History has its eyes on Leslie Odom Jr.
Although the newly-minted Tony winner is leaving Hamilton along with his castmates Lin-Manuel Miranda and Phillipa Soo on July 9, he has successfully made an indelible mark on the theatre world and beyond as Aaron Burr (sir).
In the story of America, Aaron Burr has long been viewed as a villain. He shot and killed Alexander Hamilton in a duel, prematurely ending the life of the United States’ first Secretary of the Treasury and the man responsible for writing most of the Federalist Papers. Burr couldn’t possibly be a good guy, right?
Odom’s performance says otherwise. His performance as the politician showed America a previously unseen side to Burr. His portrayal shows a man who deeply loved his wife and daughter, who became understandably envious as he watched Hamilton achieve a level of success Burr would never have, and who finally had it after Hamilton endorsed his rival Thomas Jefferson over Burr for the U.S. presidency. This is a man who felt a deep sense of regret after the fateful day that left Hamilton dead. To be sure, he wasn’t a perfect man – as the musical emphasizes, he was notorious for flip-flopping on important issues – but Odom humanizes and brings dimension to these traits.
As Playbill recently noted in an article detailing why Odom, Miranda, and Soo will go down in history, Odom’s performance is filled with brilliant nuances and deliberate choices that make Burr an empathetic character by the time he finds himself a murderer. When he reacts to the news that he will not be president of the United States as a result of Hamilton’s decision, there is no doubt in anyone’s mind that Odom deserved every bit of his Best Actor Tony Award.
Although Aaron Burr will likely be the role that Odom is best remembered for throughout his career, he is far from being a one-trick pony.
A native of Philadelphia, a city that was instrumental in the very revolution in which he takes part eight times a week, Odom graduated with honors from the esteemed drama school at Carnegie Mellon. Before doing so, he had already made his Broadway debut as Paul in Rent.
After his college graduation in 2003, Odom moved to Los Angeles, where he resided for years. He remained heavily involved in theatre in addition to taking on various television roles. He returned to Broadway in 2012 when Leap of Faith, a show that he originally did in LA, transferred to Broadway. Unfortunately, the show closed after 20 performances. He continued performing in off-Broadway shows and workshops, and in 2014, he performed alongside Lin-Manuel Miranda in the Encores! Production of Tick, Tick… Boom!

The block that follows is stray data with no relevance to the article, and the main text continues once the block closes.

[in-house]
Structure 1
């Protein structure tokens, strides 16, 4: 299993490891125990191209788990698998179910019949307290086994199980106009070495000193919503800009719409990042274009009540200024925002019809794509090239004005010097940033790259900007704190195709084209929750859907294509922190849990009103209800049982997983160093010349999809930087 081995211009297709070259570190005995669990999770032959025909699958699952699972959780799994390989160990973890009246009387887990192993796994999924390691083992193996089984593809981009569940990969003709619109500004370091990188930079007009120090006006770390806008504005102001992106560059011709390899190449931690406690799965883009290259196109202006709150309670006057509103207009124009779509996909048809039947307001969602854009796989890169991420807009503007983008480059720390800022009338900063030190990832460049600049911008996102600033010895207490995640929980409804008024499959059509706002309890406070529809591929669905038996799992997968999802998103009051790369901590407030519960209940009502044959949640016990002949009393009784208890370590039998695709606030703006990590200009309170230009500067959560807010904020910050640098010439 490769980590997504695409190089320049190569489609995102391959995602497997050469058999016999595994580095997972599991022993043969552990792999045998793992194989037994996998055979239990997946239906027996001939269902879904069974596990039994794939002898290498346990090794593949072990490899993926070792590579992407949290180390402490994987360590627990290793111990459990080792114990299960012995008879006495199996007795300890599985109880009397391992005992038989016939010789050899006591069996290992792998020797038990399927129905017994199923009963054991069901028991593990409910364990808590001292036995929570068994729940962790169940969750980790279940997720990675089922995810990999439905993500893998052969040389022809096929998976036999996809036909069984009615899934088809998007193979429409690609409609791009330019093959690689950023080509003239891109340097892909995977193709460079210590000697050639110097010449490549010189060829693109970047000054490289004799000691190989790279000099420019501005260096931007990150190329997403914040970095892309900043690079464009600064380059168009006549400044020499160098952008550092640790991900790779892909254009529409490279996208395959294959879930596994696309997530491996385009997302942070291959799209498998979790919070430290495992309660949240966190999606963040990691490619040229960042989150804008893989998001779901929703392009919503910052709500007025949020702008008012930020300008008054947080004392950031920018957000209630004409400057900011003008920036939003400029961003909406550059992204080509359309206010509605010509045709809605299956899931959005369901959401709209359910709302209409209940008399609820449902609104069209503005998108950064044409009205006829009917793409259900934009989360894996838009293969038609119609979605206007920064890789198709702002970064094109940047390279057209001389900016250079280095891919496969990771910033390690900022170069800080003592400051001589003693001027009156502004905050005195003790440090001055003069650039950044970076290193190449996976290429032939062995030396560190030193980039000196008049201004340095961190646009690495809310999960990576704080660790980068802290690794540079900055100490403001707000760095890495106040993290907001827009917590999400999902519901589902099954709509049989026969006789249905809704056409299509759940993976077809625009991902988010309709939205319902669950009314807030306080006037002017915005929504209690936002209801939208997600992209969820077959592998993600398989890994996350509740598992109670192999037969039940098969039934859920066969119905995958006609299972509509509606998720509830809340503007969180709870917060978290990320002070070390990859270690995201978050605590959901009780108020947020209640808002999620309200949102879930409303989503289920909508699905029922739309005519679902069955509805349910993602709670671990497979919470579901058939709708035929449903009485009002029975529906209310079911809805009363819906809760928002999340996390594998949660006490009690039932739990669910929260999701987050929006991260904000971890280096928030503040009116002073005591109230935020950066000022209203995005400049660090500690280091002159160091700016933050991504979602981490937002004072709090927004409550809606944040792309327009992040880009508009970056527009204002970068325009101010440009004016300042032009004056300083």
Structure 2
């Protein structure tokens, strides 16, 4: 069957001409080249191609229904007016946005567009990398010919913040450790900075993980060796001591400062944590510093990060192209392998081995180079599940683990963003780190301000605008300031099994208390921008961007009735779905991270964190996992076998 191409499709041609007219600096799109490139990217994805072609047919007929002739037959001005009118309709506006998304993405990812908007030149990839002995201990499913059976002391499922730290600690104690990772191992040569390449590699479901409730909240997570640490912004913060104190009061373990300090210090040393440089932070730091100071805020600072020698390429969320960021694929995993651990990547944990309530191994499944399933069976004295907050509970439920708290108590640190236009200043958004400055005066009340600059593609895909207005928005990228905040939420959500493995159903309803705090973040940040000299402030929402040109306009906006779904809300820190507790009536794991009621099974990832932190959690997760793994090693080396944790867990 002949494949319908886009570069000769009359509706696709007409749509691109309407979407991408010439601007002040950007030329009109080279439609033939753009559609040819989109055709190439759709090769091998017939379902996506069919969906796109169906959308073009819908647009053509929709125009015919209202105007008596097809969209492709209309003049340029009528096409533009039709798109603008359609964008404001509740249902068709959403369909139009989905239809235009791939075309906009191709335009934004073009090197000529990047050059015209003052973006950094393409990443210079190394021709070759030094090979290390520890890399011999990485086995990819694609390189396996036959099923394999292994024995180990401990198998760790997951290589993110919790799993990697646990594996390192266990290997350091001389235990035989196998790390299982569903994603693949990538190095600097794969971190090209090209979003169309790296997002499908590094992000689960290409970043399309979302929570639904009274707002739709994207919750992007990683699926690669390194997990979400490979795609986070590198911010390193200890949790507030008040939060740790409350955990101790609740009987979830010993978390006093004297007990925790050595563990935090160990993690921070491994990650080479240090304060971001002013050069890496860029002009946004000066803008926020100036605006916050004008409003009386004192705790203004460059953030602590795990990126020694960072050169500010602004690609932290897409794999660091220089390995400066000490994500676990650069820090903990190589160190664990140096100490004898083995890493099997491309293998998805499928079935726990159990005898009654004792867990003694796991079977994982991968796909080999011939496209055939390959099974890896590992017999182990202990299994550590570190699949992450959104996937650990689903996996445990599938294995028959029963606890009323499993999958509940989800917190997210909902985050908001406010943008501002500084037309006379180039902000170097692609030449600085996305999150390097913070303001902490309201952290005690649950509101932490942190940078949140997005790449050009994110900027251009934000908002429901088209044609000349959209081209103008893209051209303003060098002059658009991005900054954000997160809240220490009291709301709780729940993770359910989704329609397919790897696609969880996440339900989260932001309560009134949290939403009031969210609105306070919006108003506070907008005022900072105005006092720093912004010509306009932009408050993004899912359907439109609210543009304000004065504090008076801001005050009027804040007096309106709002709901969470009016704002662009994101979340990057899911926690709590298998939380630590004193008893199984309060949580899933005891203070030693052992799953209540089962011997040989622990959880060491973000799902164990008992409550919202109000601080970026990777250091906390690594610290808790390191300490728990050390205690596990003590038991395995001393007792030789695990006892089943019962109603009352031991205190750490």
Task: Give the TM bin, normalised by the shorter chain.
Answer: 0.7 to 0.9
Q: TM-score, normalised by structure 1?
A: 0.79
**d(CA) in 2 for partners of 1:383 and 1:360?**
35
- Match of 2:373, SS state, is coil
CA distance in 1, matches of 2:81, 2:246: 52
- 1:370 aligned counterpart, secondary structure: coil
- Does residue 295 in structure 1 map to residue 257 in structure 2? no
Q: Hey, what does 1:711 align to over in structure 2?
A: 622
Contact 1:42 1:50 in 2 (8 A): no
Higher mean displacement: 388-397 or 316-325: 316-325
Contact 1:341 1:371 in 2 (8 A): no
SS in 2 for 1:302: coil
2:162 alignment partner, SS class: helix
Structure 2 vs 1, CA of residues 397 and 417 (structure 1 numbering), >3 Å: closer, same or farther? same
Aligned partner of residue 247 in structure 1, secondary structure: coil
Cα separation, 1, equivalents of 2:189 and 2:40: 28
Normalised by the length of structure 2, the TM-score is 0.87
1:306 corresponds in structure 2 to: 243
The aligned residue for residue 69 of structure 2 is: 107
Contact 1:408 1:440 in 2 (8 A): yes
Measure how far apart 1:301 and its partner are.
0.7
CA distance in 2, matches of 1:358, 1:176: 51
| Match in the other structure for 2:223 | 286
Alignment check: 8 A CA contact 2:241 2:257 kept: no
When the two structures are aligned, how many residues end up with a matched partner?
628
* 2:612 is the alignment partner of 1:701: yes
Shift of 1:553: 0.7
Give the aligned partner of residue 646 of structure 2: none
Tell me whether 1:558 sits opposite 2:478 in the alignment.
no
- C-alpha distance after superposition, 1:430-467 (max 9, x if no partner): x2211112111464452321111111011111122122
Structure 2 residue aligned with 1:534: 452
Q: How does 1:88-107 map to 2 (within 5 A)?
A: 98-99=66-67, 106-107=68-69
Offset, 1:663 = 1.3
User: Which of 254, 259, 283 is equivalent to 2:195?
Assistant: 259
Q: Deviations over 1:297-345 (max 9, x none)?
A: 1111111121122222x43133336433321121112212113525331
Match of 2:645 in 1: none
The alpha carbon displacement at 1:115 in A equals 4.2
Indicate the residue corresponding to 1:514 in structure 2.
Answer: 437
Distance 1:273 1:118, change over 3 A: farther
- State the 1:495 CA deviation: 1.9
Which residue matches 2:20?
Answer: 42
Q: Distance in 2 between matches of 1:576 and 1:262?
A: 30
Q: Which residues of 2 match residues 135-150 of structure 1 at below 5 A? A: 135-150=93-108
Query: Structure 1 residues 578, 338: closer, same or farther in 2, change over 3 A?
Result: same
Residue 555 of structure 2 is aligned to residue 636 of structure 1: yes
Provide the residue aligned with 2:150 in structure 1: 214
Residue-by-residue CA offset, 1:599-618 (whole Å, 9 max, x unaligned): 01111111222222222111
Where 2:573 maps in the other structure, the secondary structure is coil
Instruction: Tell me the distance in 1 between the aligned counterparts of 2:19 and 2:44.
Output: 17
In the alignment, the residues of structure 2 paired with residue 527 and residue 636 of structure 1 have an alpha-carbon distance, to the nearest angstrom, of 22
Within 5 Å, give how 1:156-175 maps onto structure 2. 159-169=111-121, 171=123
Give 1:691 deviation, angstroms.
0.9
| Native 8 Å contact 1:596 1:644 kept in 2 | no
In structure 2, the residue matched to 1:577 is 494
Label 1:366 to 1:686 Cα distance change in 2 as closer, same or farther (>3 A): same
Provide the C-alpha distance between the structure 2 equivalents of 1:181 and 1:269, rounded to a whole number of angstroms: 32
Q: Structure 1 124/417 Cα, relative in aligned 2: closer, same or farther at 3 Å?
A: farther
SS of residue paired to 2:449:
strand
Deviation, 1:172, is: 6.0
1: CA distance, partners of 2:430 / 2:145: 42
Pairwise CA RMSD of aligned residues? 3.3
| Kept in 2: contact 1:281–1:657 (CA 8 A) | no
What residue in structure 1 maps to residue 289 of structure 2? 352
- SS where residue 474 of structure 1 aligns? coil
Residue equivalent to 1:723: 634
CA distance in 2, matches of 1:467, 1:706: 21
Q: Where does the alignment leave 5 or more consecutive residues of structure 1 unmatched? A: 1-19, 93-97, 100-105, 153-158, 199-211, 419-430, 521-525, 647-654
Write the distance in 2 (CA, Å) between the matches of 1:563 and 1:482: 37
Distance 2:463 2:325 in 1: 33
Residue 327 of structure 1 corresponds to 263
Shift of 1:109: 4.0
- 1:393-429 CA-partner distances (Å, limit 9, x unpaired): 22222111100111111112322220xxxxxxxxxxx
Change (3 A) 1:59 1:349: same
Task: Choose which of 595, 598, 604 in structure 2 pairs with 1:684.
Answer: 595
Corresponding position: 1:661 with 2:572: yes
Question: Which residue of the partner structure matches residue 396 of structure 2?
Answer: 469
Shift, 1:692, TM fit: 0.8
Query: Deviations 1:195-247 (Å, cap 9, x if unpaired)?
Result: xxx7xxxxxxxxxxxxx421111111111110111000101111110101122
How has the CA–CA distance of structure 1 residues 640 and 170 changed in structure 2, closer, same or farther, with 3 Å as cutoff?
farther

Odom also maintained a steady presence on television, most notably as Sam Strickland on the show that was beloved by all theatre fans, Smash. Before he was Aaron Burr, he was playing Christian Borle’s boyfriend and showing off his impressive dance skills on NBC.
The year before he began performing in Hamilton, Odom also dropped his own self-titled debut album, which consisted of his own personal jazzy take on beloved songs. His smooth and buttery vocals merited the album with rave reviews. He is slated to perform selections from his album, as well as some surprises songs with special guests, at The McKittrick Hotel on July 14, 21, and 28 at 11pm.
Although he seems to have an appreciation for a wide variety of art forms – he even wrote and performed an original song with Hamilton costar Daveed Diggs to open ESPN’s Upfront earlier this year – Odom seems to have a special place in his heart for theatre.
Odom may be leaving Hamilton, but the role that made him a household name is in good hands. Along with the shocking and upsetting news of Shuffle Along’s premature untimely closing comes the fantastic news that Brandon Victor Dixon will take over as Burr in mid-August. On July 7, Odom posted on his Instagram about “passing the baton” to Dixon and his complete confidence in the casting decision.
What’s next for Odom? It’s not clear yet, but whatever his next project may be, he’ll be sure to go after it with his whole heart and soul as always. We’ll just have to wait for it.